As Russia and the United States prepare for their respective presidential elections, tensions between the countries are growing. The central point of contention is U.S. ballistic missile defense (BMD) plans. Russia has several levers, including its ability to cut off supply lines to the NATO-led war effort in Afghanistan, to use in the standoff over BMD, but the United States could retaliate by supporting the current protests in Russia. Moscow is willing to escalate tensions with Washington but will not push the crisis to the point where relations could formally break.
Relations between the United States and Russia are incredibly tense as both countries prepare for their respective presidential elections in 2012. The campaign season has presented both sides opportunities to escalate tensions, but it is unclear how far each side will go.
Moscow and Washington have been in a standoff over myriad issues ever since Russia began to roll back Western influence in its periphery and assert its own power. Following the collapse of the Soviet Union, the United States got involved in the region intending to create a cordon around Russia to prevent it from ever becoming a global threat again. But after 2001, the U.S. focus shifted to the Islamic world, and a previously crippled Russia began to strengthen. Washington continued some of its policies of Russian containment, such as trying to give the key former Soviet states of Georgia and Ukraine NATO membership, but Eurasia was not the United States' key focus.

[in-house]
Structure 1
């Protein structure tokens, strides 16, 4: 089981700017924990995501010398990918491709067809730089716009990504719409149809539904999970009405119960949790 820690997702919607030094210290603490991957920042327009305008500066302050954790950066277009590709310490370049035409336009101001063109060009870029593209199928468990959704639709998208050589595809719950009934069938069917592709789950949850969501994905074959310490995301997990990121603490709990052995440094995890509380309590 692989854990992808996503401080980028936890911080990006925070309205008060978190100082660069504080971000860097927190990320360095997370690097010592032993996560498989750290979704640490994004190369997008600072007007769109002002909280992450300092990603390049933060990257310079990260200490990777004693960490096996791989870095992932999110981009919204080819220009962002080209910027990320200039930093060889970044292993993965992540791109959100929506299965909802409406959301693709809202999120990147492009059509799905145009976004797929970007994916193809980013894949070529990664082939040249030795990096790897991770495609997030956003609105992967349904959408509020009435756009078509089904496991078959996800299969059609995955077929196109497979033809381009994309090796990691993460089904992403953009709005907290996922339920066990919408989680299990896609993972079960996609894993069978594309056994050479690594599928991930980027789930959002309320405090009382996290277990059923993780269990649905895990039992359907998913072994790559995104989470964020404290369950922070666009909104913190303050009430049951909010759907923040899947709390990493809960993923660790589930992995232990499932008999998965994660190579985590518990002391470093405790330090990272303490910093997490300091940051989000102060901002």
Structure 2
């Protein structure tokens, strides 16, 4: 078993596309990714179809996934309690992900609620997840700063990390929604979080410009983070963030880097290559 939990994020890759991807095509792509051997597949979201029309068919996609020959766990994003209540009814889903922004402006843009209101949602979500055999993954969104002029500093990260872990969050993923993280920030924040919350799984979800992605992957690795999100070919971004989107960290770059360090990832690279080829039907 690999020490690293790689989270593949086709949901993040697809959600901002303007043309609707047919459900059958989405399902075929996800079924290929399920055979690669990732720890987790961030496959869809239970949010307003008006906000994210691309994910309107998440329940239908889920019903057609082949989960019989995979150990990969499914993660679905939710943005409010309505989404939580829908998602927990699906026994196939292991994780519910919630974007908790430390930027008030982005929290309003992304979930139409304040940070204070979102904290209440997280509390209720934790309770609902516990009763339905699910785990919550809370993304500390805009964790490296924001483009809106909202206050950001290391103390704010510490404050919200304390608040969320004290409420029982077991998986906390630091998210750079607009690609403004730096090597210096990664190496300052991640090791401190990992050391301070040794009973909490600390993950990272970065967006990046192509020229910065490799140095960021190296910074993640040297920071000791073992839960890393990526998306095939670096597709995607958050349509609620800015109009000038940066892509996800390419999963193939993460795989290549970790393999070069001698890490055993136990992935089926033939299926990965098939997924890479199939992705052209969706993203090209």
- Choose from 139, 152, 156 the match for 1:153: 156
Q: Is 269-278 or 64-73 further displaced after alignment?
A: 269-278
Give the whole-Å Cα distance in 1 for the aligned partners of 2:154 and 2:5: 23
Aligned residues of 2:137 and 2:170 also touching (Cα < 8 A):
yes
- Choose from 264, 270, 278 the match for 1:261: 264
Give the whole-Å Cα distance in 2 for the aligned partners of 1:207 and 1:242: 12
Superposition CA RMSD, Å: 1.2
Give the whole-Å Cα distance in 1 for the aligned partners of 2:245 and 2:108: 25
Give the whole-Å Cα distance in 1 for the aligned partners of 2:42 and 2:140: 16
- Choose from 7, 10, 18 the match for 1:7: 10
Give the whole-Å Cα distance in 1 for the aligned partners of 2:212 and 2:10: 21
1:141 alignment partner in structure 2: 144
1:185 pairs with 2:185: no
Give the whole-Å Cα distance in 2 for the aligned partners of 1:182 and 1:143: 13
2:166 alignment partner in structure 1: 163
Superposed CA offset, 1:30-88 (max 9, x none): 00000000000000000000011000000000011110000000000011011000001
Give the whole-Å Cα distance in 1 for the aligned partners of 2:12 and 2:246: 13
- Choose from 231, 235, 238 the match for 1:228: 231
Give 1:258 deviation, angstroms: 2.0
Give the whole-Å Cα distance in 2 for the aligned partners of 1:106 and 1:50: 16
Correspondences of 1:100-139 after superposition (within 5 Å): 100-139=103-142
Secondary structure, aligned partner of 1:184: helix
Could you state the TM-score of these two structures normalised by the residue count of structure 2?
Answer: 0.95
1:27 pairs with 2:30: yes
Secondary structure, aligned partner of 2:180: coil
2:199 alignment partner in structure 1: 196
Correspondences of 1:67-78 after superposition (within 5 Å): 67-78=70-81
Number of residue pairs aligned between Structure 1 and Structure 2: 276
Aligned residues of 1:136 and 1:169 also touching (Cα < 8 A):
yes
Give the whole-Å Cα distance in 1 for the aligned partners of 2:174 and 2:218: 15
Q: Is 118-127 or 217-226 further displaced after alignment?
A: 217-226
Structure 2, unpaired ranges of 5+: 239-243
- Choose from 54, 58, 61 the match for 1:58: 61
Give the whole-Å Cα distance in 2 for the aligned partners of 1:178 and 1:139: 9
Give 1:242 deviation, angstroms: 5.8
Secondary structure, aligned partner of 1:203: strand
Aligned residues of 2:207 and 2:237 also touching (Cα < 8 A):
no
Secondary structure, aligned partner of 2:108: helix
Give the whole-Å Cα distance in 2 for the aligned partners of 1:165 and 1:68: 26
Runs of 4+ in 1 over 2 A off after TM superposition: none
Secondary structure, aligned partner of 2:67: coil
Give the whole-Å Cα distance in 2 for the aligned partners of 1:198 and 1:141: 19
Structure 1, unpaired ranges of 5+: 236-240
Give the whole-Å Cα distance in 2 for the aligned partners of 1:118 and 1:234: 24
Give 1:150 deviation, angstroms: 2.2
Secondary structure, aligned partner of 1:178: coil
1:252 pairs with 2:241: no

This gave Russia the time and opportunity to resurge into its former Soviet states. Moscow's ultimate goal is not to recreate the Soviet Union -- that entity eventually failed. Instead, Russia wants to limit the influence of external powers in the former Soviet Union and be recognized as the dominant player there. Consequently, foreign governments -- particularly the United States and Europe -- must shape bilateral relations within the framework of this understanding. In the past few years, Russia has been relatively successful in regaining influence in many of its former Soviet states. This brought Russian power back to its broader frontiers, especially in Central Europe, where the United States has staked a dominant position. Russia is not looking to control Central Europe, but it does not want the region to be a base of U.S. power in Eurasia. Washington sees Central Europe as the new Cold War line -- a position previously held by Germany -- that halts Russia's influence.
The Standoff: Missile Defense